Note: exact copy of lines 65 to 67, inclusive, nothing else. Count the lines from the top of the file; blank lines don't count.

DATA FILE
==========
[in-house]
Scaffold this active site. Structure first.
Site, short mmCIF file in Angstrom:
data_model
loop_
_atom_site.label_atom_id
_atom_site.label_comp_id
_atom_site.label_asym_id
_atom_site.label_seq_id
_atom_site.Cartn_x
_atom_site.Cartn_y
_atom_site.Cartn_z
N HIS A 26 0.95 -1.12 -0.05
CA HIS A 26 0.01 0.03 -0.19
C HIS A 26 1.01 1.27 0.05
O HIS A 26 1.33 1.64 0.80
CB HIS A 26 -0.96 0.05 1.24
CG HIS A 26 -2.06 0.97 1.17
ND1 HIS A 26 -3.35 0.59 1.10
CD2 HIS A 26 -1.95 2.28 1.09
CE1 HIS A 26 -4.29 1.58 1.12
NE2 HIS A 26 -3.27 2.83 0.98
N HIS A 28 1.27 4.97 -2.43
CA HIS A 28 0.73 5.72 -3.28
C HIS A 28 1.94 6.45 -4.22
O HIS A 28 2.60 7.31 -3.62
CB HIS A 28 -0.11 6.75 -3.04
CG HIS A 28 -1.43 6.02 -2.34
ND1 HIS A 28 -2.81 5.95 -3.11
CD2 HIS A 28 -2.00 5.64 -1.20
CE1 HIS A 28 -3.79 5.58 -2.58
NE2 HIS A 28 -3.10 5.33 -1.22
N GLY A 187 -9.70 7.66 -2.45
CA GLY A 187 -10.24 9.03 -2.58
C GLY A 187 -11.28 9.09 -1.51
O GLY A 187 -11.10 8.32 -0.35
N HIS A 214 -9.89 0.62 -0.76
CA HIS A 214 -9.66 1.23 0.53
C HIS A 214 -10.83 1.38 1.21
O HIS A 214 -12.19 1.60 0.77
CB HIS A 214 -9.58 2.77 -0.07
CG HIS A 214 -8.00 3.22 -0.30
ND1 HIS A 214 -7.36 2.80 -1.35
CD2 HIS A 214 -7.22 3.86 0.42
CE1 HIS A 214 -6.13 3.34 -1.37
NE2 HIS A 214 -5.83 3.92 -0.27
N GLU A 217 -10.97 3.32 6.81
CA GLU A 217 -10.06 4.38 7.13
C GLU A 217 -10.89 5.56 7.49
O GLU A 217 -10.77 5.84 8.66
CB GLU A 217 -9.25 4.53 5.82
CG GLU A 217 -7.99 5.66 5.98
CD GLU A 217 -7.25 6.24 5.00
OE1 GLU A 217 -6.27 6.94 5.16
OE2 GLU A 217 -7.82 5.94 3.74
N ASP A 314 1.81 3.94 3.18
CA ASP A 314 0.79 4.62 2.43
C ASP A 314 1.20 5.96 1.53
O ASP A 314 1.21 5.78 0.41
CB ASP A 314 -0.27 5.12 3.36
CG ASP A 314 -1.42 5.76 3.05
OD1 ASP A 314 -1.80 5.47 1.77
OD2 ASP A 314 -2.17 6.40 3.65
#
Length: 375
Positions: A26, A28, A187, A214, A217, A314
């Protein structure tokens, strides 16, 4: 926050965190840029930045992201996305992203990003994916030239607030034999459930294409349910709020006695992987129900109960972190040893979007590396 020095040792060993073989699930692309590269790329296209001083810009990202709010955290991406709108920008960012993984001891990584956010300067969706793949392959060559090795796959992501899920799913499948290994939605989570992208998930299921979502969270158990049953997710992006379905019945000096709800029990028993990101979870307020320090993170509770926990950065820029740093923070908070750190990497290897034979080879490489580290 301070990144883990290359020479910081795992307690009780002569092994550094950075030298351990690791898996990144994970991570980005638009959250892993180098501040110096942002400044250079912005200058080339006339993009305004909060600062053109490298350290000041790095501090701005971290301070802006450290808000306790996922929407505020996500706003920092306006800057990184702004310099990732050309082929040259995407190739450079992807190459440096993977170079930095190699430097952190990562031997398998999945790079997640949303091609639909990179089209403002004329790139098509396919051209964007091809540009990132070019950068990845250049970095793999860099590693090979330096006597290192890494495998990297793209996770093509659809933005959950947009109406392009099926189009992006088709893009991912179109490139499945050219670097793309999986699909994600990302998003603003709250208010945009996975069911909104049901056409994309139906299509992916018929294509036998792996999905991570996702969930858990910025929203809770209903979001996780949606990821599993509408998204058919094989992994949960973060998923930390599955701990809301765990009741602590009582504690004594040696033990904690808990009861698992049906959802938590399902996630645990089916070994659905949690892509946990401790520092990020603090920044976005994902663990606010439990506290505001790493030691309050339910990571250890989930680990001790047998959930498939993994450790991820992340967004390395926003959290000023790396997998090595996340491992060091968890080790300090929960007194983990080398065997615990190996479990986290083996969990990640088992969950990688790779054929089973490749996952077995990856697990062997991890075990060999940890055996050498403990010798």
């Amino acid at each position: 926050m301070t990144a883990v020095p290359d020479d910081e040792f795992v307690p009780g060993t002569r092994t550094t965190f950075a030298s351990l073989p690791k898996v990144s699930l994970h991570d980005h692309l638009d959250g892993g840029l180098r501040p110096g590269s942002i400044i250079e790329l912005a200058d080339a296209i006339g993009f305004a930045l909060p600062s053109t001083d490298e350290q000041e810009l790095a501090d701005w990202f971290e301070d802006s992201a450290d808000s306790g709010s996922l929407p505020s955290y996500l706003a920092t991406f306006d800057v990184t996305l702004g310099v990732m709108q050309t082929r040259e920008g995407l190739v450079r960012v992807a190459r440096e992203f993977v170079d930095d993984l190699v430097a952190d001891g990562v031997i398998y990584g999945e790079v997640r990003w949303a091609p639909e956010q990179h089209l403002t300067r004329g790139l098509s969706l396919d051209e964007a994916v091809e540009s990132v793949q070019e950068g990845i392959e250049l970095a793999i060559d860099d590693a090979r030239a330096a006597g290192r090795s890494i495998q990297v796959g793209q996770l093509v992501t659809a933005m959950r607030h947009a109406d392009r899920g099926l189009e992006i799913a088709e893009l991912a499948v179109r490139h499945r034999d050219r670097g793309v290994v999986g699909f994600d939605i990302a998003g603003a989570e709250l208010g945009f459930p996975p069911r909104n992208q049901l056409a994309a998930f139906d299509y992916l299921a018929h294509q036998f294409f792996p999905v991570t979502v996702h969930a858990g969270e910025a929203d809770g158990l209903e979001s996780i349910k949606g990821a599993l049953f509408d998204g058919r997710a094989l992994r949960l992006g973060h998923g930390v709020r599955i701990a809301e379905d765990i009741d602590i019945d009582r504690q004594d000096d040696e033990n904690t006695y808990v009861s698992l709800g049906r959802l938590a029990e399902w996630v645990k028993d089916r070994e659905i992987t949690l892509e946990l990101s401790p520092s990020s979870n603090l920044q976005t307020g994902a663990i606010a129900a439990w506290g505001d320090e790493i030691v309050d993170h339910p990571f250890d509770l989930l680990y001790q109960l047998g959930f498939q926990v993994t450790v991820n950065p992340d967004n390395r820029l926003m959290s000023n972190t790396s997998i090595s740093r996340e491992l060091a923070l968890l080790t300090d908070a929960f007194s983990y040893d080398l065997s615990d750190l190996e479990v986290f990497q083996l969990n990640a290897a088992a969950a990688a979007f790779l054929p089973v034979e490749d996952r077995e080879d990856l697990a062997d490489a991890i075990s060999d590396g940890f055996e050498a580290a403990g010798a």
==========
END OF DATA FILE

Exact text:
Length: 375
Positions: A26, A28, A187, A214, A217, A314
């Protein structure tokens, strides 16, 4: 926050965190840029930045992201996305992203990003994916030239607030034999459930294409349910709020006695992987129900109960972190040893979007590396 020095040792060993073989699930692309590269790329296209001083810009990202709010955290991406709108920008960012993984001891990584956010300067969706793949392959060559090795796959992501899920799913499948290994939605989570992208998930299921979502969270158990049953997710992006379905019945000096709800029990028993990101979870307020320090993170509770926990950065820029740093923070908070750190990497290897034979080879490489580290 301070990144883990290359020479910081795992307690009780002569092994550094950075030298351990690791898996990144994970991570980005638009959250892993180098501040110096942002400044250079912005200058080339006339993009305004909060600062053109490298350290000041790095501090701005971290301070802006450290808000306790996922929407505020996500706003920092306006800057990184702004310099990732050309082929040259995407190739450079992807190459440096993977170079930095190699430097952190990562031997398998999945790079997640949303091609639909990179089209403002004329790139098509396919051209964007091809540009990132070019950068990845250049970095793999860099590693090979330096006597290192890494495998990297793209996770093509659809933005959950947009109406392009099926189009992006088709893009991912179109490139499945050219670097793309999986699909994600990302998003603003709250208010945009996975069911909104049901056409994309139906299509992916018929294509036998792996999905991570996702969930858990910025929203809770209903979001996780949606990821599993509408998204058919094989992994949960973060998923930390599955701990809301765990009741602590009582504690004594040696033990904690808990009861698992049906959802938590399902996630645990089916070994659905949690892509946990401790520092990020603090920044976005994902663990606010439990506290505001790493030691309050339910990571250890989930680990001790047998959930498939993994450790991820992340967004390395926003959290000023790396997998090595996340491992060091968890080790300090929960007194983990080398065997615990190996479990986290083996969990990640088992969950990688790779054929089973490749996952077995990856697990062997991890075990060999940890055996050498403990010798």